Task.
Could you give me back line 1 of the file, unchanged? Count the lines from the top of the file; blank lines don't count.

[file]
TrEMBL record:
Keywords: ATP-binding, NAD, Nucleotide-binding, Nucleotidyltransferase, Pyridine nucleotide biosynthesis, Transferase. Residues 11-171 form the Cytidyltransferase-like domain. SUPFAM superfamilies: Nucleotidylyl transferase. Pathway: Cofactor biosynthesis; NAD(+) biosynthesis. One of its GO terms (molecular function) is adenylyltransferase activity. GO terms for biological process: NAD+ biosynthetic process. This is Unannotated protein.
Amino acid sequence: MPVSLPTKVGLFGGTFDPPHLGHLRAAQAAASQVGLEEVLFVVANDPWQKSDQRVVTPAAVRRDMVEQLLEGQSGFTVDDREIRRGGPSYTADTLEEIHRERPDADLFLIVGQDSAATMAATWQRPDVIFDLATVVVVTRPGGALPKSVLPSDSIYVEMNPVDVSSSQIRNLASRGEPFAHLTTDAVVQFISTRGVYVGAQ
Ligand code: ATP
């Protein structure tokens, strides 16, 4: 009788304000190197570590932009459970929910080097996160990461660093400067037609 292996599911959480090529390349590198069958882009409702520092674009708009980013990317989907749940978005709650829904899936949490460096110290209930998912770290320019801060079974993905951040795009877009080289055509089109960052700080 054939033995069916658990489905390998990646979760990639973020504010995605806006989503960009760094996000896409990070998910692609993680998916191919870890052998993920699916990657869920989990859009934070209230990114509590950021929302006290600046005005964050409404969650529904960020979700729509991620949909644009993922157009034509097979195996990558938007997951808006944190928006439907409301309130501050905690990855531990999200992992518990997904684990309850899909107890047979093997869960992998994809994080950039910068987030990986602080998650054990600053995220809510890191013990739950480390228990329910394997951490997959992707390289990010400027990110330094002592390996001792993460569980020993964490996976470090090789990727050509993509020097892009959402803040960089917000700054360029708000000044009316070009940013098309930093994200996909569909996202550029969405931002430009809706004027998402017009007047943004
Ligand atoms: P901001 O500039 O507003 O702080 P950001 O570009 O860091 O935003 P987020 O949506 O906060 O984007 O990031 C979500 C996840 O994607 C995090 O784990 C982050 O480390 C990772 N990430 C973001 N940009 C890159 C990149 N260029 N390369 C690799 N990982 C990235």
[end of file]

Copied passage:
TrEMBL record: